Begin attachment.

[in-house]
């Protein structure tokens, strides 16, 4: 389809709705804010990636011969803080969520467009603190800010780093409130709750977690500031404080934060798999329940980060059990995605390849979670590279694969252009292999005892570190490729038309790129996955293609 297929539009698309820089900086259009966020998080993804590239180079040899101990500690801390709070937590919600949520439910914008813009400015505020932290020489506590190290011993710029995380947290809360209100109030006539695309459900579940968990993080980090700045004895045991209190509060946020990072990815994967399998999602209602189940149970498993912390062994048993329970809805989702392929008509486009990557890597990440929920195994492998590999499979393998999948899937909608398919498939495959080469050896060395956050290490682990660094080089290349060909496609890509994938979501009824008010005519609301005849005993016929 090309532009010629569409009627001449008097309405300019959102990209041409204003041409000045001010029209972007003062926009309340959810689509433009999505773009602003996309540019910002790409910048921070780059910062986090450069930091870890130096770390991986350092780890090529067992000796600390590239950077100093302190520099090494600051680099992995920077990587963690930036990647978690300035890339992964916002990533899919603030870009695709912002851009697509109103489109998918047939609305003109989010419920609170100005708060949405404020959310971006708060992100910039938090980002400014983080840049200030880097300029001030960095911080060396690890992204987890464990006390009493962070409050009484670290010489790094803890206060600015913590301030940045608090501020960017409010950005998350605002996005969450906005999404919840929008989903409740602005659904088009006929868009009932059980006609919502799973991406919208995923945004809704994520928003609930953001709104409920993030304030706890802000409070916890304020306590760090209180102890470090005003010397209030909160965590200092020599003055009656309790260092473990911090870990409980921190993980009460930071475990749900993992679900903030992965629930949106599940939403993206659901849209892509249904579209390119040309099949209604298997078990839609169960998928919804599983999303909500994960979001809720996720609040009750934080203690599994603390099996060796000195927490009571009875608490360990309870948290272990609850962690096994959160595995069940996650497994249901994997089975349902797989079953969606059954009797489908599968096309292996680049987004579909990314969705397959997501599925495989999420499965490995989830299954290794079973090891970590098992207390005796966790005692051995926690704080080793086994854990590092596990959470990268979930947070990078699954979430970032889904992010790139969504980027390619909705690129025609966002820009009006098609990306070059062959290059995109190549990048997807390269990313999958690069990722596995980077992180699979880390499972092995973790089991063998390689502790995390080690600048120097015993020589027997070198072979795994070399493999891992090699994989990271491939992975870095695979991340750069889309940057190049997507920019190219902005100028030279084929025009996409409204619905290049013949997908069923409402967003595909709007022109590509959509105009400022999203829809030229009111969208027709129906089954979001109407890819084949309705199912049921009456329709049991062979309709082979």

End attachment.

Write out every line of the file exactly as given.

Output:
[in-house]
């Protein structure tokens, strides 16, 4: 389809709705804010990636011969803080969520467009603190800010780093409130709750977690500031404080934060798999329940980060059990995605390849979670590279694969252009292999005892570190490729038309790129996955293609 297929539009698309820089900086259009966020998080993804590239180079040899101990500690801390709070937590919600949520439910914008813009400015505020932290020489506590190290011993710029995380947290809360209100109030006539695309459900579940968990993080980090700045004895045991209190509060946020990072990815994967399998999602209602189940149970498993912390062994048993329970809805989702392929008509486009990557890597990440929920195994492998590999499979393998999948899937909608398919498939495959080469050896060395956050290490682990660094080089290349060909496609890509994938979501009824008010005519609301005849005993016929 090309532009010629569409009627001449008097309405300019959102990209041409204003041409000045001010029209972007003062926009309340959810689509433009999505773009602003996309540019910002790409910048921070780059910062986090450069930091870890130096770390991986350092780890090529067992000796600390590239950077100093302190520099090494600051680099992995920077990587963690930036990647978690300035890339992964916002990533899919603030870009695709912002851009697509109103489109998918047939609305003109989010419920609170100005708060949405404020959310971006708060992100910039938090980002400014983080840049200030880097300029001030960095911080060396690890992204987890464990006390009493962070409050009484670290010489790094803890206060600015913590301030940045608090501020960017409010950005998350605002996005969450906005999404919840929008989903409740602005659904088009006929868009009932059980006609919502799973991406919208995923945004809704994520928003609930953001709104409920993030304030706890802000409070916890304020306590760090209180102890470090005003010397209030909160965590200092020599003055009656309790260092473990911090870990409980921190993980009460930071475990749900993992679900903030992965629930949106599940939403993206659901849209892509249904579209390119040309099949209604298997078990839609169960998928919804599983999303909500994960979001809720996720609040009750934080203690599994603390099996060796000195927490009571009875608490360990309870948290272990609850962690096994959160595995069940996650497994249901994997089975349902797989079953969606059954009797489908599968096309292996680049987004579909990314969705397959997501599925495989999420499965490995989830299954290794079973090891970590098992207390005796966790005692051995926690704080080793086994854990590092596990959470990268979930947070990078699954979430970032889904992010790139969504980027390619909705690129025609966002820009009006098609990306070059062959290059995109190549990048997807390269990313999958690069990722596995980077992180699979880390499972092995973790089991063998390689502790995390080690600048120097015993020589027997070198072979795994070399493999891992090699994989990271491939992975870095695979991340750069889309940057190049997507920019190219902005100028030279084929025009996409409204619905290049013949997908069923409402967003595909709007022109590509959509105009400022999203829809030229009111969208027709129906089954979001109407890819084949309705199912049921009456329709049991062979309709082979």